Date of Award

Fall 12-2017

Degree Type

Dissertation

Degree Name

Doctor of Philosophy (PhD)

Department

Psychology

Committee Chair

Dr. Heidi Lyn

Committee Chair Department

Psychology

Committee Member 2

Dr. Alen Hajnal

Committee Member 2 Department

Psychology

Committee Member 3

Dr. Donald F. Sacco

Committee Member 3 Department

Psychology

Committee Member 4

Dr. Nicole M. Phillips

Committee Member 4 Department

Biological Sciences

Committee Member 5

Dr. Deborah A. Giles

Abstract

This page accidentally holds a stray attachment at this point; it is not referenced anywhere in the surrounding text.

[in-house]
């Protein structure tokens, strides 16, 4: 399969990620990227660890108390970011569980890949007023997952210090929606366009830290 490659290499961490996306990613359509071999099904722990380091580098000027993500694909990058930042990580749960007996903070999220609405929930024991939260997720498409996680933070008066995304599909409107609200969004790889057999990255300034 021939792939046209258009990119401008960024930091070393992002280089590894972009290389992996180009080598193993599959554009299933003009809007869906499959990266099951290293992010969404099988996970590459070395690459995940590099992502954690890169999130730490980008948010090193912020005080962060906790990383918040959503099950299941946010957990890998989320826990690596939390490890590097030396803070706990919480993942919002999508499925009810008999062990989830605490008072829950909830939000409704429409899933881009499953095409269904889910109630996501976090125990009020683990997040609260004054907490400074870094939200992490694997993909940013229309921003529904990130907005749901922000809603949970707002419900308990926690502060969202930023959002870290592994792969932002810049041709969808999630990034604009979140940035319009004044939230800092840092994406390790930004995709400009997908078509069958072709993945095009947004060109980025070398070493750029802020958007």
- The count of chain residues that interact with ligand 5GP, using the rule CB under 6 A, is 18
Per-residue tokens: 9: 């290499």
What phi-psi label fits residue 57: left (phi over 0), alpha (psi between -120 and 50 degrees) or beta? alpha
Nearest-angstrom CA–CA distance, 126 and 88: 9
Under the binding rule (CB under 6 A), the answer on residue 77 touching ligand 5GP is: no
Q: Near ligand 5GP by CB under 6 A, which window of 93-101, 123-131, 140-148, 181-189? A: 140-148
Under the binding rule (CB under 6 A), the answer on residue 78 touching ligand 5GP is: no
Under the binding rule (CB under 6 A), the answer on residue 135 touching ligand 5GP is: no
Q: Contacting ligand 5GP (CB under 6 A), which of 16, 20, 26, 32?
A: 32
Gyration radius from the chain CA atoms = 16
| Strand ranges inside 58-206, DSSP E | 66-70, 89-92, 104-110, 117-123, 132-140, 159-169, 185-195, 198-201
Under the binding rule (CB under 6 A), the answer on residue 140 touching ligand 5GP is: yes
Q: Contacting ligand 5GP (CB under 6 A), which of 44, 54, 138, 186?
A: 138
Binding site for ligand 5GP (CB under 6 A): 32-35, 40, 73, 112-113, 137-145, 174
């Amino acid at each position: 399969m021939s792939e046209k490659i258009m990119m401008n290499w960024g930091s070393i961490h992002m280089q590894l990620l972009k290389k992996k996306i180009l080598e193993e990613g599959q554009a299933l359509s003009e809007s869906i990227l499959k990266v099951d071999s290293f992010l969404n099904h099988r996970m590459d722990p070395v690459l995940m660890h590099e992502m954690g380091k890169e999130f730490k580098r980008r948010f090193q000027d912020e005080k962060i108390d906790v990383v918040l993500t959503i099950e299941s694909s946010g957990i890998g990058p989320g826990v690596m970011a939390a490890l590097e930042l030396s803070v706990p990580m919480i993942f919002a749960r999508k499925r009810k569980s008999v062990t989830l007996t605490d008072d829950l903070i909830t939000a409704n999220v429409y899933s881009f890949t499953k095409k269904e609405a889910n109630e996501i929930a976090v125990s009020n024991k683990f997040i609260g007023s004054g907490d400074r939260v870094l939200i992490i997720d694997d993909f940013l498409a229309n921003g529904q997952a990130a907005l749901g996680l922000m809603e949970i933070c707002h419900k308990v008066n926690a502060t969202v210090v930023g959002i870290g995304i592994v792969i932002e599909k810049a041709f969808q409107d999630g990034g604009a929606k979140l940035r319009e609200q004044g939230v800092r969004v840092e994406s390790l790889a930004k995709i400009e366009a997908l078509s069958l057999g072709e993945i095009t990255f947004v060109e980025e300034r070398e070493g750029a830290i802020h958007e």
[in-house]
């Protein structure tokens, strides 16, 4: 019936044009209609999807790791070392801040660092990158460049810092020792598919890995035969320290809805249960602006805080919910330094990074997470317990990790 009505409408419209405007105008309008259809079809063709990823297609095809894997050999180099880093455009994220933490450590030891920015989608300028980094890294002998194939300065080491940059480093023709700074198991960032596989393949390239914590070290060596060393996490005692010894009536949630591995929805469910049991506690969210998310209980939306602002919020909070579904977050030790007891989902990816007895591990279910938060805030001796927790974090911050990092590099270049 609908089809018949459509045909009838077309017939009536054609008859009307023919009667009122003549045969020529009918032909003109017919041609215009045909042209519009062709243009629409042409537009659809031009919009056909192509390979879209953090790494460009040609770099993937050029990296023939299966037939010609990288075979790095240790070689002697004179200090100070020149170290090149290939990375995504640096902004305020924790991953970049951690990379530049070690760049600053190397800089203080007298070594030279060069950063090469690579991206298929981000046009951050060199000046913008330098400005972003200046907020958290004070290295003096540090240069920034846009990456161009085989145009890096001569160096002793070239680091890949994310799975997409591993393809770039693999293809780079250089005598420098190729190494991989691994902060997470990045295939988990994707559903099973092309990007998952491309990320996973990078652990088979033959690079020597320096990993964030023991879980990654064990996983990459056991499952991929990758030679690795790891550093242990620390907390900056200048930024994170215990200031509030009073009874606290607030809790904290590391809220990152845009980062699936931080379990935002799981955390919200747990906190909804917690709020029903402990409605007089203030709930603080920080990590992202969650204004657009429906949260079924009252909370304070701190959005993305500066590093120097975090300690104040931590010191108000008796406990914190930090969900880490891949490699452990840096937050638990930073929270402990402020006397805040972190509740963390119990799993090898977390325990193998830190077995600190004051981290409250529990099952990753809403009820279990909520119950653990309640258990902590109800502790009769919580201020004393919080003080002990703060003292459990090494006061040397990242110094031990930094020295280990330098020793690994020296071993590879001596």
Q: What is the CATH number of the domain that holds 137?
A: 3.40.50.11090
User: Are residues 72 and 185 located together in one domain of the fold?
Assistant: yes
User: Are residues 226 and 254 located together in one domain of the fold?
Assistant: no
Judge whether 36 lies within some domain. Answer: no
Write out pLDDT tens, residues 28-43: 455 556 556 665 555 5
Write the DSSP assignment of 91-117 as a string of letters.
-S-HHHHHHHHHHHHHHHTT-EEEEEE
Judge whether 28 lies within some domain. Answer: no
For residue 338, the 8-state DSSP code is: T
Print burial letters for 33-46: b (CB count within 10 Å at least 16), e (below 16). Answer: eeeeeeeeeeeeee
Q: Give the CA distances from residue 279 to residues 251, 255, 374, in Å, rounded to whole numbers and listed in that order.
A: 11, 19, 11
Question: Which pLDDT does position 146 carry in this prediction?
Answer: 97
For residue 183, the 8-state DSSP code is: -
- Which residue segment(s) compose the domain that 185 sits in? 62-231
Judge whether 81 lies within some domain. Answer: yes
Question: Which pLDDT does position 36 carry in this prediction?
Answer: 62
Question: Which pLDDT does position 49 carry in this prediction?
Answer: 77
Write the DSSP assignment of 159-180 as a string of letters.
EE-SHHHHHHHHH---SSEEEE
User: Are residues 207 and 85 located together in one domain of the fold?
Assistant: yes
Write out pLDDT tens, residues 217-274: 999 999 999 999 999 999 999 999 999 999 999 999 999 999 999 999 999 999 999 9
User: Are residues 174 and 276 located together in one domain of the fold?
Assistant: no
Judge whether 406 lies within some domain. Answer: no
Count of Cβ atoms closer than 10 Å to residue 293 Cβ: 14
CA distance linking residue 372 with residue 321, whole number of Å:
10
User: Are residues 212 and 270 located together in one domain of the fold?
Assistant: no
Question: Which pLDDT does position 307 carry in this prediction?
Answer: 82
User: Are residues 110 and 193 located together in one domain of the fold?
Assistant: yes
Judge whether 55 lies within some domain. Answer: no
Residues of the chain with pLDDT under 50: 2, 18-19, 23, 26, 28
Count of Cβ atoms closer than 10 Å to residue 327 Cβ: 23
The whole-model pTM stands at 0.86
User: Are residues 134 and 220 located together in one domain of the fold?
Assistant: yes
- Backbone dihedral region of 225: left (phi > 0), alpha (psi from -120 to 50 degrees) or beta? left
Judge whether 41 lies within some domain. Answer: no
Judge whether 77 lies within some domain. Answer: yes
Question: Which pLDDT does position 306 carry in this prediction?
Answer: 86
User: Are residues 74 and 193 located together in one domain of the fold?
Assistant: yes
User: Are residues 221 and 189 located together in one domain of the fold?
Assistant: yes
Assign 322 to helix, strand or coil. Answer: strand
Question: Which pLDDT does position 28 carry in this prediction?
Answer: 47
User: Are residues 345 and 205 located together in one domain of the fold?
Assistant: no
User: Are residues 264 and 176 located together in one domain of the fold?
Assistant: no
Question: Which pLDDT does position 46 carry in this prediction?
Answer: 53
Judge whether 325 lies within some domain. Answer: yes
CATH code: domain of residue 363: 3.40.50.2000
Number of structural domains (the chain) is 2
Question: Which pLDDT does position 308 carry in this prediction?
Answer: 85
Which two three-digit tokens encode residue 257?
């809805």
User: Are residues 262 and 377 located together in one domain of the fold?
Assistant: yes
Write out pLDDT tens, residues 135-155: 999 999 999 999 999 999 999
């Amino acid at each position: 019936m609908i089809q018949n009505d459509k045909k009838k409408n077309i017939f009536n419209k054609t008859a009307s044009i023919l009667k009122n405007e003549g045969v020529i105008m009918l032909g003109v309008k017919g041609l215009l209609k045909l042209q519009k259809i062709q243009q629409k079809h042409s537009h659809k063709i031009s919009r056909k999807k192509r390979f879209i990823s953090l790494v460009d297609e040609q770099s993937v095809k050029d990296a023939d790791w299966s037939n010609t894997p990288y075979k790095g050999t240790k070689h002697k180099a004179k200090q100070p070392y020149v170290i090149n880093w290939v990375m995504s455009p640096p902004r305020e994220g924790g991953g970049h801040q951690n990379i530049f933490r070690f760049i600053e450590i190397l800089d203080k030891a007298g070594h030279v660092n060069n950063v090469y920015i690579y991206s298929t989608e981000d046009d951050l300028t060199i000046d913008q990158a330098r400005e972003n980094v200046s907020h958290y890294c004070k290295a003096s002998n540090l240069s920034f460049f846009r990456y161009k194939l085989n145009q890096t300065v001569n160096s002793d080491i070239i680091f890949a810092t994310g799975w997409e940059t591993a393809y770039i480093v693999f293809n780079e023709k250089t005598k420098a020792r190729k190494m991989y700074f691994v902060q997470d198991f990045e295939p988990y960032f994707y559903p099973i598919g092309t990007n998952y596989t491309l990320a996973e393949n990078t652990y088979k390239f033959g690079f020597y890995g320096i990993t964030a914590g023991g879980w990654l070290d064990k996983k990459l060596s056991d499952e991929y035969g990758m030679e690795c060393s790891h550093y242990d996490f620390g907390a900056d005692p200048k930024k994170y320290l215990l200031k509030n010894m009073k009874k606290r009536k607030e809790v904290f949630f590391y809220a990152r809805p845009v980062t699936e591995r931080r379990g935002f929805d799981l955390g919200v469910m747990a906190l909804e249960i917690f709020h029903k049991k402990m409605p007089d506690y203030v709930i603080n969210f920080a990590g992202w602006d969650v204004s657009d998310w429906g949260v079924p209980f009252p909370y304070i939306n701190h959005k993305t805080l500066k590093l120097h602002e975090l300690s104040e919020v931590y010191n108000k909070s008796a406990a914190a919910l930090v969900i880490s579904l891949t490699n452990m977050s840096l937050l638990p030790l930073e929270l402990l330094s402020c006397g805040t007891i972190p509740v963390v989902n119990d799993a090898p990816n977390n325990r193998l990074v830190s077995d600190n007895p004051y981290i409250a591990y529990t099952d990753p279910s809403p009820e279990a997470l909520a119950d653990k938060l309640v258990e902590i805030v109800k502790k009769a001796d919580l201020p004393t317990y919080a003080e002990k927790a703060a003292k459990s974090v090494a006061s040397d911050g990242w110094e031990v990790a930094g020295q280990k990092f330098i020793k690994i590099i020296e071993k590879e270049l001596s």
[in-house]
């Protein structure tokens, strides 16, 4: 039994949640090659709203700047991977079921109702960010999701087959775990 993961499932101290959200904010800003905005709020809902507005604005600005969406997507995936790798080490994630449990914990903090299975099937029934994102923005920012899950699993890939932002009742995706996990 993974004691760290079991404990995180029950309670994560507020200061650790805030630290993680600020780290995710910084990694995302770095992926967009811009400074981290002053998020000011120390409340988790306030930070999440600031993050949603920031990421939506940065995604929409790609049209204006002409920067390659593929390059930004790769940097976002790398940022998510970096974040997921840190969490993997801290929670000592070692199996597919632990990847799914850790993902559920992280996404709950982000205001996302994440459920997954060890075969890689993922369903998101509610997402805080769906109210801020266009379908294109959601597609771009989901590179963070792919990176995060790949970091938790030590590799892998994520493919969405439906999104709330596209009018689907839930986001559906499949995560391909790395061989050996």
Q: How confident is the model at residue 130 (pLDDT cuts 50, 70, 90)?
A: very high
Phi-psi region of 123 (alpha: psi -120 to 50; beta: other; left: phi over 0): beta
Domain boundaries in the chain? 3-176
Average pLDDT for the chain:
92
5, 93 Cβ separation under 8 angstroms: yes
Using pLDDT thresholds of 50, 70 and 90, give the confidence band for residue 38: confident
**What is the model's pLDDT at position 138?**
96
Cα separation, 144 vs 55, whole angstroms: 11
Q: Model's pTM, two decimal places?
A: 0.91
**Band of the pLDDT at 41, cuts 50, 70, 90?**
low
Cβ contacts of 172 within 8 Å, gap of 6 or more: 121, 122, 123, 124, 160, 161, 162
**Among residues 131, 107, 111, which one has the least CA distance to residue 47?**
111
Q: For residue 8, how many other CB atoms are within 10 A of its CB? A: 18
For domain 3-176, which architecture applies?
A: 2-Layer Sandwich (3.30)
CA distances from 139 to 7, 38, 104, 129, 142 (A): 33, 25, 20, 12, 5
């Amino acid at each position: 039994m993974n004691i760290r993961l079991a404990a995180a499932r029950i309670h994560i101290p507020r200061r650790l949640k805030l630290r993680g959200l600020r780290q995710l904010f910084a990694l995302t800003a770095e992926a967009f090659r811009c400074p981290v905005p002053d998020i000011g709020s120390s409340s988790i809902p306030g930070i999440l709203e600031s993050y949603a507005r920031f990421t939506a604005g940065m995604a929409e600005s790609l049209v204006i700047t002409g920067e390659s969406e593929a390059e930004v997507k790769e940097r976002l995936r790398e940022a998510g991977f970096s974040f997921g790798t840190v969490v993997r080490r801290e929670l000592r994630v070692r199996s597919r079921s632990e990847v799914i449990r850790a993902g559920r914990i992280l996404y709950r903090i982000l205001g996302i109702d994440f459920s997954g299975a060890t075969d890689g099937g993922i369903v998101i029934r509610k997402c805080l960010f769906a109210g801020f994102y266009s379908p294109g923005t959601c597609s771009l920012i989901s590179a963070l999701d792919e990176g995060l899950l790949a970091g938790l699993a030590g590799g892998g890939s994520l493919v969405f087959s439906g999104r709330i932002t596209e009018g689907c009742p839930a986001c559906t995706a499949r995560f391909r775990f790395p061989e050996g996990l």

The social lives of animals are defined by group dynamics based on the nature and strength of associations and movements between individuals, often resulting in highly complex and interconnected social networks. However, understanding of how environmental variables may shape this structure is poorly understood. Within the inland waters of Washington State and southern Vancouver Island, British Columbia, mammal-eating Bigg’s (transient) killer whales occur in relatively small, but stable social groups. Group size and occurrence in recent years has increased, coinciding with a growing whale watching industry. Given the central importance of the social network within killer whale population dynamics, such as the maintenance of cooperation and cultural transmission of information, shifts in social network structure caused by environmental processes may have significant ecological and evolutionary consequences. Thus, it is reasonable to assume that the increased presence of Bigg’s killer whales within the Salish Sea leaves them susceptible to the various and growing anthropogenic pressures within this area. Utilizing a long-term data set (1987-2015), the objectives of this doctoral study are to: (1) identify the level(s) of preferred associations and social differentiation within Bigg’s societies relative to foraging specializations; (2) re-evaluate and compare historical measures and persistence of Bigg’s sociality, including demographic influences and dispersion patterns; and, (3) assess the extent to which individual sociality can predict received vessel traffic levels, as well as other variables driving targeted whale watching. The results of this work will better clarify the social dynamics and population structure of Bigg’s killer whales and will thus inform on proper management of this conservation unit. Likewise, the combined evaluation of social dynamics and anthropogenic pressures (vessel traffic) experienced by this population can provide key information that may enable managers to implement proper measures to mitigate anthropogenic impacts. Finally, the results of this analysis will serve as a platform for further evaluating the predator-prey dynamics of Bigg’s killer whale stocks that are central to the Salish Sea ecosystem.

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